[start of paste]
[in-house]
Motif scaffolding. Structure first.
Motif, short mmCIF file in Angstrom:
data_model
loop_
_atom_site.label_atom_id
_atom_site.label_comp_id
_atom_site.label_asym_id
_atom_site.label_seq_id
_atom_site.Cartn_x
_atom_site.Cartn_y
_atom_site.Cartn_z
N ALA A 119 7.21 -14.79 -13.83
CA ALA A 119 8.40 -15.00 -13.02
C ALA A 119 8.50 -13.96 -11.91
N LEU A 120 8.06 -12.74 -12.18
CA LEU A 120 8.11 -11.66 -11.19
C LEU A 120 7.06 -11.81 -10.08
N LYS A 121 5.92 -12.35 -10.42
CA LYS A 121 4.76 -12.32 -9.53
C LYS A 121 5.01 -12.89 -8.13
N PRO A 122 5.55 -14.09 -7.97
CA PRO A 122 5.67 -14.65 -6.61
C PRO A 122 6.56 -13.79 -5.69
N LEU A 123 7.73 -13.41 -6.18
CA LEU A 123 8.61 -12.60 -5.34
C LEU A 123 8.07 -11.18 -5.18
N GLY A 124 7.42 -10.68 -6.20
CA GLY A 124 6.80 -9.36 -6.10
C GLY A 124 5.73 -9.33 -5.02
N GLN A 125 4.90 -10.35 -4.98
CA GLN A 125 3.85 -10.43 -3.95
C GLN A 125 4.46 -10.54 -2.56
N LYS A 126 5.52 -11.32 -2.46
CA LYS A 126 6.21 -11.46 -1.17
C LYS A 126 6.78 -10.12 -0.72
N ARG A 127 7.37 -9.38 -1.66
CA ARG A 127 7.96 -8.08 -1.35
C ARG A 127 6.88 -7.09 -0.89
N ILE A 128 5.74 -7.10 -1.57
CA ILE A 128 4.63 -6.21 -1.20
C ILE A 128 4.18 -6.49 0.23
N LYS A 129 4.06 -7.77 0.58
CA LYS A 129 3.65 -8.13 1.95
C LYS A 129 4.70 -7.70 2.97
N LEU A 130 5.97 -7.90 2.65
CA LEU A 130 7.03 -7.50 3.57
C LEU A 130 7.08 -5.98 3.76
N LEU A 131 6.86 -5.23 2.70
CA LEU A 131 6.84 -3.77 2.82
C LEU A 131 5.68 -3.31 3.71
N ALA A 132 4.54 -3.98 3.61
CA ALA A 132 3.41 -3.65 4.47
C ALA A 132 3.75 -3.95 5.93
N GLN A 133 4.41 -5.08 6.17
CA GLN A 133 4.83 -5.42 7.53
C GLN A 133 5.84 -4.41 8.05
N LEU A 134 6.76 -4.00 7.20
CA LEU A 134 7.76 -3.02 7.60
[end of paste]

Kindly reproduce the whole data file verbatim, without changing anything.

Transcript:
[in-house]
Motif scaffolding. Structure first.
Motif, short mmCIF file in Angstrom:
data_model
loop_
_atom_site.label_atom_id
_atom_site.label_comp_id
_atom_site.label_asym_id
_atom_site.label_seq_id
_atom_site.Cartn_x
_atom_site.Cartn_y
_atom_site.Cartn_z
N ALA A 119 7.21 -14.79 -13.83
CA ALA A 119 8.40 -15.00 -13.02
C ALA A 119 8.50 -13.96 -11.91
N LEU A 120 8.06 -12.74 -12.18
CA LEU A 120 8.11 -11.66 -11.19
C LEU A 120 7.06 -11.81 -10.08
N LYS A 121 5.92 -12.35 -10.42
CA LYS A 121 4.76 -12.32 -9.53
C LYS A 121 5.01 -12.89 -8.13
N PRO A 122 5.55 -14.09 -7.97
CA PRO A 122 5.67 -14.65 -6.61
C PRO A 122 6.56 -13.79 -5.69
N LEU A 123 7.73 -13.41 -6.18
CA LEU A 123 8.61 -12.60 -5.34
C LEU A 123 8.07 -11.18 -5.18
N GLY A 124 7.42 -10.68 -6.20
CA GLY A 124 6.80 -9.36 -6.10
C GLY A 124 5.73 -9.33 -5.02
N GLN A 125 4.90 -10.35 -4.98
CA GLN A 125 3.85 -10.43 -3.95
C GLN A 125 4.46 -10.54 -2.56
N LYS A 126 5.52 -11.32 -2.46
CA LYS A 126 6.21 -11.46 -1.17
C LYS A 126 6.78 -10.12 -0.72
N ARG A 127 7.37 -9.38 -1.66
CA ARG A 127 7.96 -8.08 -1.35
C ARG A 127 6.88 -7.09 -0.89
N ILE A 128 5.74 -7.10 -1.57
CA ILE A 128 4.63 -6.21 -1.20
C ILE A 128 4.18 -6.49 0.23
N LYS A 129 4.06 -7.77 0.58
CA LYS A 129 3.65 -8.13 1.95
C LYS A 129 4.70 -7.70 2.97
N LEU A 130 5.97 -7.90 2.65
CA LEU A 130 7.03 -7.50 3.57
C LEU A 130 7.08 -5.98 3.76
N LEU A 131 6.86 -5.23 2.70
CA LEU A 131 6.84 -3.77 2.82
C LEU A 131 5.68 -3.31 3.71
N ALA A 132 4.54 -3.98 3.61
CA ALA A 132 3.41 -3.65 4.47
C ALA A 132 3.75 -3.95 5.93
N GLN A 133 4.41 -5.08 6.17
CA GLN A 133 4.83 -5.42 7.53
C GLN A 133 5.84 -4.41 8.05
N LEU A 134 6.76 -4.00 7.20
CA LEU A 134 7.76 -3.02 7.60